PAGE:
XIST RNA

 

LncRHOXF1: a novel X-linked long noncoding RNA that regulates the viral response during development of the human placenta

Using single cell RNA-sequencing data from human blastocyst-stage embryos, we identified a highly abundant, human-specific X-linked long noncoding RNA, called lncRHOXF1.  We found that lncRHOXF1 is specifically expressed in the trophectoderm and primitive endoderm cells of human embryos and in vitro differentiated human trophectoderm progenitors. This novel long noncoding RNA, when overexpressed in human embryonic stem cells, reduces cell proliferation and increases cellular differentiation. Reducing lncRHOXF1 RNA using siRNAs increased expression of viral response genes, and resulted in higher Sendai virus replication.  

 

Novel long noncoding RNAs important for early human development

Next-generation sequencing experiments have found that there are thousands of long noncoding RNAs exhibiting cell and tissue-specific expression, yet the function of these transcripts is largely unknown.  We are examining the transcriptional profile of human female pluripotent stem cells and in vitro differentiated cells to determine the predominant transcripts expressed in these cell types.  We use genetic approaches to determine how these transcripts function in vivo.

  Anguera - EVT cyto lncRHOXF1 RNA

Syrett CM, Sindhava V, Hodawadekar S, Myles A, Liang G, Zhang Y, Nandi S, Cancro M, Atchison M, Anguera MC. Loss of Xist RNA from the inactive X during B cell development is restored in a dynamic YY1-dependent two-step process in activated B cells. PLoS Genet. 2017 Oct 9;13(10):e1007050. doi: 10.1371/journal.pgen.1007050. [Epub ahead of print] PMID: 28991910

Penkala I, Wang J, Syrett CM, Goetzl L, López CB, Anguera MC.  LNCRHOXF1: a long noncoding RNA from the X-chromosome that supporesses viral response genes during development of the early human placenta. Mol Cell Biol 2016 Apr 11 [Epub ahead of print].

Wang J, Syrett CM, Kramer MC, Basu A, Atchison ML, Anguera MC. Unusual maintenance of X chromosome inactivation predisposes female lymphocytes for increased expression from the inactive X. Proc Natl Acad Sci U S A. 2016 Mar 21.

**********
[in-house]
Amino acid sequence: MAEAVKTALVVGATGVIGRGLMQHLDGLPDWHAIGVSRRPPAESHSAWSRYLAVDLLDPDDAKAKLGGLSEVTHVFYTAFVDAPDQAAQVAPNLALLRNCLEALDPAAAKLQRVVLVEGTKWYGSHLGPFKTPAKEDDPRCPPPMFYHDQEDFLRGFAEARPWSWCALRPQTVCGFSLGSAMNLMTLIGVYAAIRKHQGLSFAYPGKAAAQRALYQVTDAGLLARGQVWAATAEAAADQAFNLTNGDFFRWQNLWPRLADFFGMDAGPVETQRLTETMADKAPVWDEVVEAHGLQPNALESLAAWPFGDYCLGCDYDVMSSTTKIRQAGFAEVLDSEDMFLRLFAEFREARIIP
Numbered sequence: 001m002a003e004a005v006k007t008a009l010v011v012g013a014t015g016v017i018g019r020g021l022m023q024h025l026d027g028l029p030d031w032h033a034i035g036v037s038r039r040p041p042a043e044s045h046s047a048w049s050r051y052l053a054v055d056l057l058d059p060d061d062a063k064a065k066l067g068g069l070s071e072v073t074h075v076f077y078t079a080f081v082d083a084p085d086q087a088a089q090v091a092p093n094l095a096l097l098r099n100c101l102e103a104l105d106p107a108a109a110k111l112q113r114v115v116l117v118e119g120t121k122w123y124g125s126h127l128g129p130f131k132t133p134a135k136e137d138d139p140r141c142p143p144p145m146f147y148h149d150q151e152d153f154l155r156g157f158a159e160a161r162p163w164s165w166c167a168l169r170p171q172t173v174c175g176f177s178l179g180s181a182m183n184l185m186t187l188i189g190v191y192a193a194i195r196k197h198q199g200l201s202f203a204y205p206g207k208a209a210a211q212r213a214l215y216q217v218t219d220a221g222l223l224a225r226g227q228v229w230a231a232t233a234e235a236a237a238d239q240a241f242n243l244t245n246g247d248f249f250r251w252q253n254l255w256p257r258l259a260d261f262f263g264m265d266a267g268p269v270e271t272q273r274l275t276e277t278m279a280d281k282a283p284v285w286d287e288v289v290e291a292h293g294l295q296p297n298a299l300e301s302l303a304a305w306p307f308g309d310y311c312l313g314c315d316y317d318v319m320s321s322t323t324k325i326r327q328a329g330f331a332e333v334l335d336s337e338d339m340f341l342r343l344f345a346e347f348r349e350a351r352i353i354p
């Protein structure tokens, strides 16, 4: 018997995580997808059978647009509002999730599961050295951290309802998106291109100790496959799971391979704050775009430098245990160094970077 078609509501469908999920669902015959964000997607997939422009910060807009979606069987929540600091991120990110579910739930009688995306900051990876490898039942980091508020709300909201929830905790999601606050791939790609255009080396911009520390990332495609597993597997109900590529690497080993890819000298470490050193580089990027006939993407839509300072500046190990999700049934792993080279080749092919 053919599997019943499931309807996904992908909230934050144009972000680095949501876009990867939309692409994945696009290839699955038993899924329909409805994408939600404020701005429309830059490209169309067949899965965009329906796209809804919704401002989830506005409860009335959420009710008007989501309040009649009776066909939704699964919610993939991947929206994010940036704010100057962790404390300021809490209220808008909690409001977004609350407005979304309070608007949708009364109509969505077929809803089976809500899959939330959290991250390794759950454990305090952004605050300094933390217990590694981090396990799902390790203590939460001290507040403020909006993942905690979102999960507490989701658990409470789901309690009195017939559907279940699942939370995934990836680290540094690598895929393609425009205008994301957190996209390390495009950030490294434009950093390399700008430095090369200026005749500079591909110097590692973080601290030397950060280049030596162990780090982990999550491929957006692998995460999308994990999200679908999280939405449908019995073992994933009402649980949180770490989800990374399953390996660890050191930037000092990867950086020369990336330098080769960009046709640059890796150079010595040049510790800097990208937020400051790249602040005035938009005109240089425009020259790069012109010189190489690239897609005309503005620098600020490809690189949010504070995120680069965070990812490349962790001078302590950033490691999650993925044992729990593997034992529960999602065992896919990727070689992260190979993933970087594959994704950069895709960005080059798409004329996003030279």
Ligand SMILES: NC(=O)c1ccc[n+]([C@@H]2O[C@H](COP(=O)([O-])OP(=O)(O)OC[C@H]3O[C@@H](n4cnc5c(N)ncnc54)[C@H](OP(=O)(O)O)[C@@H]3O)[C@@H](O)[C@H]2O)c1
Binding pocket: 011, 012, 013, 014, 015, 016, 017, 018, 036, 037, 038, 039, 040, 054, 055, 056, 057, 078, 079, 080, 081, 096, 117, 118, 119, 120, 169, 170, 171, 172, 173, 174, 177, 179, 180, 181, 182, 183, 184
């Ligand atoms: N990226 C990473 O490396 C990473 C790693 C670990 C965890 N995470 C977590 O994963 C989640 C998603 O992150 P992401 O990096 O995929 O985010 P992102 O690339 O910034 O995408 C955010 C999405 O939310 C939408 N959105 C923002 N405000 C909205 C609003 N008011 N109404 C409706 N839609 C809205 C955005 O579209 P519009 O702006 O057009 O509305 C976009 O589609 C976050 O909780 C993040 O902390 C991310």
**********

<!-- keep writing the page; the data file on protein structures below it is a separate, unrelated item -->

Luo M, Zhou J, Leu NA, Abreu CM, Wang J, Anguera MC, de Rooij DG, Jasin M, Wang PJ. Polycomb protein SCML2 associates with USP7 and counteracts histone H2A ubiquitination in the XY chromatin during male meiosis. PLoS Genet. 2015 Jan 29;11(1).

Lessing D, Anguera MC, Lee JT. X chromosome inactivation and epigenetic responses to cellular reprogramming. Annu Rev Genomics Hum Genet. 14: 85-110, 2013.

Anguera Montserrat C, Sadreyev Ruslan, Zhang Zhaoqing, Szanto Attila, Payer Bernhard, Sheridan Steven D, Kwok Showming, Haggarty Stephen J, Sur Mriganka, Alvarez Jason, Gimelbrant Alexander, Mitalipova Maisam, Kirby James E, Lee Jeannie T Molecular signatures of human induced pluripotent stem cells highlight sex differences and cancer genes. Cell stem cell 11: 75-90, 2012.

Anguera Montserrat C, Ma Weiyuan, Clift Danielle, Namekawa Satoshi, Kelleher Raymond J, Lee Jeannie T Tsx produces a long noncoding RNA and has general functions in the germline, stem cells, and brain. PLoS genetics 7: e1002248, 2011.

Kim Daniel H, Jeon Yesu, Anguera Montserrat C, Lee Jeannie T X-chromosome epigenetic reprogramming in pluripotent stem cells via noncoding genes. Seminars in cell & developmental biology 22: 336-42, 2011.

Field Martha S, Anguera Montserrat C, Page Rodney, Stover Patrick J 5,10-Methenyltetrahydrofolate synthetase activity is increased in tumors and modifies the efficacy of antipurine LY309887. Archives of biochemistry and biophysics 481: 145-50, 2009.